I very much liked the first Nana movie, so I imperiously ordered Netflix to send me the second. And I wasn’t disappointed; Nana 2 is, if anything, better than Nana 1. Again, the cuts here are smart and done with a sensitivity to the manga. The Shin-Reira relationship is axed, and Shin’s whole unwanted-child-turned-gigolo backstory is axed, which is kind of sad, but definitely necessary if the movie wasn’t to be kept under 4 hours or so. We also lose Hachi’s emotional confrontation with her friend Junko probably my single favorite scene in the entire series. That definitely hurts…but, again, it’s certainly a reasonable choice given the time constraints.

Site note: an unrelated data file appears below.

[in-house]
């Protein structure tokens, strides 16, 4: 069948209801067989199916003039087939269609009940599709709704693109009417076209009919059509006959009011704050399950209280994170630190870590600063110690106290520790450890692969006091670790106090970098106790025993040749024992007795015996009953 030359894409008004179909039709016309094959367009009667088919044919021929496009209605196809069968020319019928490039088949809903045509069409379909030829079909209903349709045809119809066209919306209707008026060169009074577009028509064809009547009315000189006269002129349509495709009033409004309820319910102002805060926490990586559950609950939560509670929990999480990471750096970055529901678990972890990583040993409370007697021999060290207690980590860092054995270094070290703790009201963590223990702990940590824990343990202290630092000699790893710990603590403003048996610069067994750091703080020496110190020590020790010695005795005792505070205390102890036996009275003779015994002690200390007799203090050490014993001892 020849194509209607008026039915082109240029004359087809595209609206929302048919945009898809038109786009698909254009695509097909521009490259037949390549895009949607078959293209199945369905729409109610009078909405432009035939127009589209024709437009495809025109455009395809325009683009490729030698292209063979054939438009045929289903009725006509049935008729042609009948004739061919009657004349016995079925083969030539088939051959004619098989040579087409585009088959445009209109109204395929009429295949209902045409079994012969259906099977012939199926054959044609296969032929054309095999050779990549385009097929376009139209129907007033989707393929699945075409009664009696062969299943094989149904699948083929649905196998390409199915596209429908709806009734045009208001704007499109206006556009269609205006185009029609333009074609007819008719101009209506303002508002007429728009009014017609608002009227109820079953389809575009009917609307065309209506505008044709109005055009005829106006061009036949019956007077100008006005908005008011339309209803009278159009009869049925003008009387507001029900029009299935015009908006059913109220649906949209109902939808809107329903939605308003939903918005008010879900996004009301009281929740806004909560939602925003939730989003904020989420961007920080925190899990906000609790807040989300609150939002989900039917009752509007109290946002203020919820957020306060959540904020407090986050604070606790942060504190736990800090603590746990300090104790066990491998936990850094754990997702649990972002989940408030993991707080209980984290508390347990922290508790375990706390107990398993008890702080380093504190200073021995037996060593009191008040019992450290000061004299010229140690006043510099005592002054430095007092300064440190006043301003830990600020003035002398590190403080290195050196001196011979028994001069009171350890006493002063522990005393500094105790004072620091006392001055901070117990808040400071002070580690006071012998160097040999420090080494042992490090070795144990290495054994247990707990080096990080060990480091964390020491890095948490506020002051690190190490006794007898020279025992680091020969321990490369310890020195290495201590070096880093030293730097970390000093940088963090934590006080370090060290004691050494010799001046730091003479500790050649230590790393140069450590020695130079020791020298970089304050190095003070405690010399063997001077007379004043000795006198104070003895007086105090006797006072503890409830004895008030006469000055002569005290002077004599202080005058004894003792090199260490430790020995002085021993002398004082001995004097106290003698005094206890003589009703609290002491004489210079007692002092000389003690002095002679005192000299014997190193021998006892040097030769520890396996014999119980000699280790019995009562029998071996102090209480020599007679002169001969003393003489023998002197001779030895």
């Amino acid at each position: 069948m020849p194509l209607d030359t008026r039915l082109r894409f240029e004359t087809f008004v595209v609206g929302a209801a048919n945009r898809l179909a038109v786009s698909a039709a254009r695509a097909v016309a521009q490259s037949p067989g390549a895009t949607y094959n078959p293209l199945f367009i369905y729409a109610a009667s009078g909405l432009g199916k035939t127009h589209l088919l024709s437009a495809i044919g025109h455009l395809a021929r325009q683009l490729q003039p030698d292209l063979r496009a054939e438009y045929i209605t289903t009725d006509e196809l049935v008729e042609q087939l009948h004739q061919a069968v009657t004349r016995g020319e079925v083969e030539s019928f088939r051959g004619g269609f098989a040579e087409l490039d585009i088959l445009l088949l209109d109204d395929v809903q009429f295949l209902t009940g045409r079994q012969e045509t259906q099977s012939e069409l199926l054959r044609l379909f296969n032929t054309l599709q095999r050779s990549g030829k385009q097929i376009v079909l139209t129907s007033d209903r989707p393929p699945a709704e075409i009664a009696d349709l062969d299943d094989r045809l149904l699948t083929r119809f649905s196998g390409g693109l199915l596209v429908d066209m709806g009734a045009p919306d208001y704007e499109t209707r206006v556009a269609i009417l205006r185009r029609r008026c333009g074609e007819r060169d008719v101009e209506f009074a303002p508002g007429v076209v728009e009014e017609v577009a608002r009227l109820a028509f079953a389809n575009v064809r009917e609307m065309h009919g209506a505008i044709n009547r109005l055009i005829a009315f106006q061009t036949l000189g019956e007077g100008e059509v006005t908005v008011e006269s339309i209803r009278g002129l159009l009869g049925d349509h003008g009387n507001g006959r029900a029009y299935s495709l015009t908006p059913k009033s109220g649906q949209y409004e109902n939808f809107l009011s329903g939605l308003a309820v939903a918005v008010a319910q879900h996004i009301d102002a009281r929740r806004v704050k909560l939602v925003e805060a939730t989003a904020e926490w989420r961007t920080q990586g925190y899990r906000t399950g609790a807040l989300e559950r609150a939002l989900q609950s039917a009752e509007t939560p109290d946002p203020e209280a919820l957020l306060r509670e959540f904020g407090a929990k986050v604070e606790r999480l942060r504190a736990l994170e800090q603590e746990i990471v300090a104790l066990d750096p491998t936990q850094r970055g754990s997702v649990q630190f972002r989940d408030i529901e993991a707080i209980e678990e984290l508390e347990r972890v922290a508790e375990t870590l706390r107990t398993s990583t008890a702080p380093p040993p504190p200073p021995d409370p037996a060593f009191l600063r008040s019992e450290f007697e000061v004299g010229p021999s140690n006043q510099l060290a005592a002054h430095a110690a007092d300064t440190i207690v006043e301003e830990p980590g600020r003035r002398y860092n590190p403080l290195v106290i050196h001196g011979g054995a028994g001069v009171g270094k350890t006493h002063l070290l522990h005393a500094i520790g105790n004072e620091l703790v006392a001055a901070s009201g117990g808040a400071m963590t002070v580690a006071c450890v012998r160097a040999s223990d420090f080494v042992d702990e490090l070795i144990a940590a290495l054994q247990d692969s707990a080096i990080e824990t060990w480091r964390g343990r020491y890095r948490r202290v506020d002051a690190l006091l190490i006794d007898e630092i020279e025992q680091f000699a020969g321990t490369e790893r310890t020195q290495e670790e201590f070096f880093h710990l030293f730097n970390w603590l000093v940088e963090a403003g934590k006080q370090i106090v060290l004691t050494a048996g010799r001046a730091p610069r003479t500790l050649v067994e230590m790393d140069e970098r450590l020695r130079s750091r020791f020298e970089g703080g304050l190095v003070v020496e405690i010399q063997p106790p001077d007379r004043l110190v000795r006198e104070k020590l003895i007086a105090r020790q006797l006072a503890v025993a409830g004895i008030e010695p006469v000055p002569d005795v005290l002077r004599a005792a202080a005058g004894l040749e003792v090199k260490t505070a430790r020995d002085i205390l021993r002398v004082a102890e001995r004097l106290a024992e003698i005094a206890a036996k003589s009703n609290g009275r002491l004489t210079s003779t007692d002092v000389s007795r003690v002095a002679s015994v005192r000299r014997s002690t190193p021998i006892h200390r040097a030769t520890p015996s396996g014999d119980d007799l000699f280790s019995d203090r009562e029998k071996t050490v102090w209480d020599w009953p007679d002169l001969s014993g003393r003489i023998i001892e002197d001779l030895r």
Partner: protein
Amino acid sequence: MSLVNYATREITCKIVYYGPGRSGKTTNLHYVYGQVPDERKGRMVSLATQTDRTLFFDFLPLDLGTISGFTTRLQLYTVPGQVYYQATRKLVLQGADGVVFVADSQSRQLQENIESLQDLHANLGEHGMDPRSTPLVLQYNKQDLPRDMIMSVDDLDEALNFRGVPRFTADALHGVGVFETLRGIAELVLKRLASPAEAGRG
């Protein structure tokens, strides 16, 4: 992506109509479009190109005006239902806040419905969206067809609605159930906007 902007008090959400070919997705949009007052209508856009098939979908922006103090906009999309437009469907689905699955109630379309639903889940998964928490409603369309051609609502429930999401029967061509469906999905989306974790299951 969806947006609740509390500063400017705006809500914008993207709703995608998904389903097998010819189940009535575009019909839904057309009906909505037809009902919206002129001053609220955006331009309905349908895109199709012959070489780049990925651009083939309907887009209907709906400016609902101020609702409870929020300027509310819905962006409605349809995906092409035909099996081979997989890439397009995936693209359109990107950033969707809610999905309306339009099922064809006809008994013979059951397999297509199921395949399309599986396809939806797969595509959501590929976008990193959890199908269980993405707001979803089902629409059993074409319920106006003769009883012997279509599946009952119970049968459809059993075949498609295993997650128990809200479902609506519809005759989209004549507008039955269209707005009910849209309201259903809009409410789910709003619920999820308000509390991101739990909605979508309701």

In any case, the acting and casting remain excellent. Hachi is played by a different actor, Yui Ichikawa, but she’s every bit as good as her predecessor. An especial stand-out is Takumi, played by the extremely attractive Tetsuji Tamayama. Takumi was only glimpsed in the first film, but here he plays a central role. ????? captures him perfectly. Just as in the manga, he’s an insensitive control freak with surprising flashes of thoughtfulness, who loves Hachi in his way — a stupid, callous way,, maybe, but decidedly different from not loving her. Nobu (Hiroki Narimiya) gets to do more as well, and he is also wonderful; the actor has an extremely mobile face, which records every nuance of Nobu’s torment as he tries to tell Hachi he loves her. The gradual revelation of Nana’s intense attachment to Hachi is nicely done as well; and the painful central twist, which breaks everyone’s heart, hurts almost as much here as in the manga. Indeed, I was almost ready to rate this equally with the manga at a couple of points…but the ending sort of wanders off down a blind alley or two, dissipating the tension and starting to feel slightly exploitive in its assiduous tear-jerking. Still, this is absolutely top-notch slice-of-life melodrama. Unfortunately, it bombed at the box office apparently, so I’m not sure there will be a third.